The night before our arrival, a pride of lions had been spotted prowling the grounds at night, so evening nature walks were cancelled on the plateau and the staff escorted all guests back to their rooms after dinner.
At 5am the following morning in the pitch black, I made my way up the stone walkway to the main lodge- on alert for a potential lion encounter, but giddy for our rhino trek. I gulped down coffee and a full breakfast while John got 15 extra minutes of sleep, and we were soon bumping down the mountain with our guide at the wheel and two trackers chatting away quietly in the beautiful click language of the Damara people.
The air was cooler the further we descended into the canyon, the road consistently bumpy. I couldn’t imagine the guide going any faster; it was like a ride at the fair grounds- bouncing out of my seat, dust flying all around us. I wanted to laugh out loud, but we were all trying to be quiet despite the engine noise and squeak of the seat springs.
Along the way, we came across 3 spotted hyenas (one missing an ear) who ran across the path and trotted up the hill, peering down at us from behind bushes. Their hind quarters are shorter than their front legs, creating a sloped back, and their faces are dog-like but still somewhat surreal. I was awe-struck, and even a little teary, ecstatic we were looking at these elusive creatures in the early morning hours.
By mid-morning, we reached the waterhole and the trackers headed off after 2-day-old tracks while we ascended a nearby hill, getting the lay of the land from our guide. The landscape was so different from Etosha: red rocks, rolling hills, distant cliffs, colorful birds and barely-alive trees. I couldn’t stop taking photos- it was beautiful and actually reminded me a lot of the western United States.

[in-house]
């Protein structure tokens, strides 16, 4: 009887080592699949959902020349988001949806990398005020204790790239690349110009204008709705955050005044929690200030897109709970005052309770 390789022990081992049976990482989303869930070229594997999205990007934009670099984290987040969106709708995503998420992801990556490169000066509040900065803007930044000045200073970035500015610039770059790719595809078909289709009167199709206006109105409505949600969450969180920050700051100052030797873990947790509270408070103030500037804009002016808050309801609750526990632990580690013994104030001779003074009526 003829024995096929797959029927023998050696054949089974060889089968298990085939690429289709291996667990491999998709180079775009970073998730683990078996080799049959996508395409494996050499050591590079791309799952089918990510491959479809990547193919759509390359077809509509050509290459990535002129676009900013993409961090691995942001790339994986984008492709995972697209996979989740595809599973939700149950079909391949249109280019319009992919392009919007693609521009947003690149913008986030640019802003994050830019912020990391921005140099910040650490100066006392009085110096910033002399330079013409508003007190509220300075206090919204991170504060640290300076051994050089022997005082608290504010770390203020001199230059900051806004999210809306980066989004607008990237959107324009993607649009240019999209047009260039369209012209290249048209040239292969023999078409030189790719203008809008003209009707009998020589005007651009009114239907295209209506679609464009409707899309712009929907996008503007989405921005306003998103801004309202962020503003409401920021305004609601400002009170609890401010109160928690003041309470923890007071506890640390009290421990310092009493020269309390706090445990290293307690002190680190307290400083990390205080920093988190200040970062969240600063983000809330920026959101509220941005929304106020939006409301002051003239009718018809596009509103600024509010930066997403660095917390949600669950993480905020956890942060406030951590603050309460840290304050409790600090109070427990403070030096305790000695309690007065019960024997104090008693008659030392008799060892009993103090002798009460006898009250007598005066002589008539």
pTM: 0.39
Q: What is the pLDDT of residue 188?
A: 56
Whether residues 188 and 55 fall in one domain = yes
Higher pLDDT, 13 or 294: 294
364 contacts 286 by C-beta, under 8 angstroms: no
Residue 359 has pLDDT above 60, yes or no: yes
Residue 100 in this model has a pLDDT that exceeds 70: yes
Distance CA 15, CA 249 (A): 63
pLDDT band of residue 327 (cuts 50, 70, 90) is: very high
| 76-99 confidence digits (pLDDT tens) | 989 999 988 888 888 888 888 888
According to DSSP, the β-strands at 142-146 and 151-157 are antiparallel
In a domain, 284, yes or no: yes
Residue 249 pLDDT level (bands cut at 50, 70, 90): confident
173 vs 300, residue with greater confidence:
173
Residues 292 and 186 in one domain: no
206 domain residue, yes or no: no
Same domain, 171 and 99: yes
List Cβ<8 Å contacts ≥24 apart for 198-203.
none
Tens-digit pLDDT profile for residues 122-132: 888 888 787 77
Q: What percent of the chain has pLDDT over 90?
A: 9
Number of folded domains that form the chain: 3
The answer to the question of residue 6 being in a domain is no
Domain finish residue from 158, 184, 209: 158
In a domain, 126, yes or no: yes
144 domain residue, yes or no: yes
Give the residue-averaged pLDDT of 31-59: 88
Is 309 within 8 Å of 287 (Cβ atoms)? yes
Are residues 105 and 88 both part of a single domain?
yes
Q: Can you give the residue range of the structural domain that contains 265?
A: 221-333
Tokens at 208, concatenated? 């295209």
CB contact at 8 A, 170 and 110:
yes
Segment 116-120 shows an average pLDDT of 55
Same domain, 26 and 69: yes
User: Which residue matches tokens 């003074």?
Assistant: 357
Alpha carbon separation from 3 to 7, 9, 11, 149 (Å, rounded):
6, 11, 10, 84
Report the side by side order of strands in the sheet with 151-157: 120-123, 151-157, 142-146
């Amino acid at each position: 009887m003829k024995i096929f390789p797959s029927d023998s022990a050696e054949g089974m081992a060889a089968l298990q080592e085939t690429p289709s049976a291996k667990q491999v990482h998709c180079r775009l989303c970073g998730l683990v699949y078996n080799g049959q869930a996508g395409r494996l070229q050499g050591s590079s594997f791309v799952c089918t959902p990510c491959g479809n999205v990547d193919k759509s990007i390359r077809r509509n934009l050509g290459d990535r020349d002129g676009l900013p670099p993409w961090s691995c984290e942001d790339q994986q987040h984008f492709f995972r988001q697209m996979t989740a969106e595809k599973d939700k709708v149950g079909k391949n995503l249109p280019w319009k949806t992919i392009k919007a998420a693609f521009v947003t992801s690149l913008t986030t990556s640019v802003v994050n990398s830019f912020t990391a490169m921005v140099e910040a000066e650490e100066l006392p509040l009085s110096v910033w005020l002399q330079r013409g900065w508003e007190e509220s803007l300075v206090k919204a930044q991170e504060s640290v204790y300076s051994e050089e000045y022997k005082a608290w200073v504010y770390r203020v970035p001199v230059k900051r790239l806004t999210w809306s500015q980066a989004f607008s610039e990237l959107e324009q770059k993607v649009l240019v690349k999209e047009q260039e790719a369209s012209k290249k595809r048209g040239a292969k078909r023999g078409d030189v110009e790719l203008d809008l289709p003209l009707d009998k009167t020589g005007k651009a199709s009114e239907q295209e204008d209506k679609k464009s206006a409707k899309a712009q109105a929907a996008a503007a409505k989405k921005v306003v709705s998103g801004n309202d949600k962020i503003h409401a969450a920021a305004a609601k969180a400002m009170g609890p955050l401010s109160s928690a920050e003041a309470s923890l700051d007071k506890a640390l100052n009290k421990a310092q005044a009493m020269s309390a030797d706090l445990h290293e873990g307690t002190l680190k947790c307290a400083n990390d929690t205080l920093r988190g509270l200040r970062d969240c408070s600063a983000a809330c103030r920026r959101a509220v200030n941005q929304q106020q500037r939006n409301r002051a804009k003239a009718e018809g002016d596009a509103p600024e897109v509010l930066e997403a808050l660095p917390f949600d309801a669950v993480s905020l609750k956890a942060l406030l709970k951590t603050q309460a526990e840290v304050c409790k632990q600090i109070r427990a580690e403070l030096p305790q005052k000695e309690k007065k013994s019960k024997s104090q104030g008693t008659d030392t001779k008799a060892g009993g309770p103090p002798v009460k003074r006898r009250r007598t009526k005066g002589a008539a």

Within an hour, we were radioed from the now familiar click language: they had spotted a rhino. We quickly moved to a nearby hill and pulled out our binoculars and cameras.
Her name was Mathilda and she was moving at a steady clip, down ridge lines and up over others. She was the perfect camouflage for this region, having rolled around in the dust to prevent parasites and sunburn, she slipped in and out of sight easily.
Apparently she had caught wind of the trackers. We were told she wouldn’t stop running until well out of sight- she was the most spooked of the few remaining white rhinos in this area (10 had been killed by poachers in 2016-2017, which launched a police protection force and rhino conservancy tracking team who now camp inconspicuously in the Grootberg Conservancy and help keep tabs on the animals every few days). We followed her for about 45 minutes until she was out of sight, careful to keep our distance and hoping to remain down-wind.
This quick-moving pregnant female was 8 months into a 16-month gestation period. The excitement of finding a rhino in the wild, in addition to her being halfway through a pregnancy, was more than we could have hoped for.
We had a tablecloth lunch from a fold-out table in our truck that included a spread of fried chicken, green salad (not easy to come by out in the desert), sandwiches made from homemade bread, pasta salad, and a coveted square of chocolate for desert (kept in our little cool box) before heading back on the 2 1/2 hour journey to the lodge.
Bouncing our way back, we spotted a pride of lions with 3 cubs (most likely the same group that was patrolling the lodge at night), a small herd of springbok, mountain zebra, and many birds with bright flashy colors. It was surprising to see so many animals in what looked to be an unforgiving landscape- a recurring theme here in Namibia. (Unfortunately, we learned that many animals have died during the current 8-year drought, as would many more, if the climate didn’t provide some relief).
As we ascended the mountain and came up over the plateau, I was smiling ear to ear despite my new sunburn. Turns out, Etosha has some rival locations here in Namibia.